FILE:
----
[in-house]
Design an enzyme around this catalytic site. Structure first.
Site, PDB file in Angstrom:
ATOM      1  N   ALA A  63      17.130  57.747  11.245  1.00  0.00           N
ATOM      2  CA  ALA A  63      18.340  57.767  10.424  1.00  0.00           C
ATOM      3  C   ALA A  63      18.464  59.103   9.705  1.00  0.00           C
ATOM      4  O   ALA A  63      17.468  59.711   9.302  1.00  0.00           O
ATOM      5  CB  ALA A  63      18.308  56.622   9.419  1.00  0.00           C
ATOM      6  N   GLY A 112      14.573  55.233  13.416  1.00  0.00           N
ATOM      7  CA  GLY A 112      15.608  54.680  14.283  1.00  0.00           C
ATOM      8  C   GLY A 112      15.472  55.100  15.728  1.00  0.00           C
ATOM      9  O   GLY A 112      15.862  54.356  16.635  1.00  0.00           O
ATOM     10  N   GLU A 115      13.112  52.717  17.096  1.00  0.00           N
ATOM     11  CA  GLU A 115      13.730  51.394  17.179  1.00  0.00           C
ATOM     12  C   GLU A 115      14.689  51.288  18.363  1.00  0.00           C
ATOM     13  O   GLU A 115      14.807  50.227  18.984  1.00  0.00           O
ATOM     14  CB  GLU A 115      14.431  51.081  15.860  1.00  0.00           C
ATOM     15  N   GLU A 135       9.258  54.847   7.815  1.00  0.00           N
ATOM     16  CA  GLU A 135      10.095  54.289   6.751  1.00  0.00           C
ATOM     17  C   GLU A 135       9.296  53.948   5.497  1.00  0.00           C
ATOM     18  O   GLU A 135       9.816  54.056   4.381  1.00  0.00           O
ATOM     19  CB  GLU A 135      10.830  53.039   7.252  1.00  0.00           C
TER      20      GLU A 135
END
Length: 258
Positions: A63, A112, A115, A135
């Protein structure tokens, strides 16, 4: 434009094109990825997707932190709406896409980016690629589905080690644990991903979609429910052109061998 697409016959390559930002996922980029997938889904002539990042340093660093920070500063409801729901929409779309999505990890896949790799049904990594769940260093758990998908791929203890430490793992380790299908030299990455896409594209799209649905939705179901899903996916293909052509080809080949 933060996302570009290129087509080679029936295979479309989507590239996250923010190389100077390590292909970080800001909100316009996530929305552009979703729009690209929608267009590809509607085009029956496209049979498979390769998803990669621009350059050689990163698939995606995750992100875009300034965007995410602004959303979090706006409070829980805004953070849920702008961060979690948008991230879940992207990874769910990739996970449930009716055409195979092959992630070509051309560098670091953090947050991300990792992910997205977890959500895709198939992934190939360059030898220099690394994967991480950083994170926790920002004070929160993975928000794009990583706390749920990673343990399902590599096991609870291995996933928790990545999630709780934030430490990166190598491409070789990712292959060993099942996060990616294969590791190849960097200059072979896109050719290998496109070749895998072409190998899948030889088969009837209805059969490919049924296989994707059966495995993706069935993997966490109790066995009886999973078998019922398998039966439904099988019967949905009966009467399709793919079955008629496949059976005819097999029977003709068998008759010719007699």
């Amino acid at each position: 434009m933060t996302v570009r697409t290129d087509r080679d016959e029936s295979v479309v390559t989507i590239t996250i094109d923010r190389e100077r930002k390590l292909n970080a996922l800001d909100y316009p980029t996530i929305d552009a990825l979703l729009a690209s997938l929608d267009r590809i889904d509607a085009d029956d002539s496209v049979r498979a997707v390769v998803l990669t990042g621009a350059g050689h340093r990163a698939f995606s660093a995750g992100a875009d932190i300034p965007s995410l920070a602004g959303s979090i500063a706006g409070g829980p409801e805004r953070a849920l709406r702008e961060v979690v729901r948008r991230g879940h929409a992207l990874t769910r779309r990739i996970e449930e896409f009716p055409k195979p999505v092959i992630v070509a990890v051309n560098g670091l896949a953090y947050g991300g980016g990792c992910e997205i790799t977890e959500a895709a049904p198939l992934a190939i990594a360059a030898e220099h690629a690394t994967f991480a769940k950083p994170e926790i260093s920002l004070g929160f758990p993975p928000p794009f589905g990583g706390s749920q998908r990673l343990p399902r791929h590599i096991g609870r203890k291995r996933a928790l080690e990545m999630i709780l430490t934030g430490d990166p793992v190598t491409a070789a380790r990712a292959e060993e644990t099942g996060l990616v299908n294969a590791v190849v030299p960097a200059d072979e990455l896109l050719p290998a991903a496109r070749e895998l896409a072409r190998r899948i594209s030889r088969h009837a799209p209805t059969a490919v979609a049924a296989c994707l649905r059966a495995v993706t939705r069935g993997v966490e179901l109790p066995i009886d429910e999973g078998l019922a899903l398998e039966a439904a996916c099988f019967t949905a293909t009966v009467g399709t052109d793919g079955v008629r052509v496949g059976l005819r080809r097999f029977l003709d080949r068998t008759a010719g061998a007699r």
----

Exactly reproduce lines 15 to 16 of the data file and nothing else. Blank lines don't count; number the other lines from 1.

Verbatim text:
ATOM     12  C   GLU A 115      14.689  51.288  18.363  1.00  0.00           C
ATOM     13  O   GLU A 115      14.807  50.227  18.984  1.00  0.00           O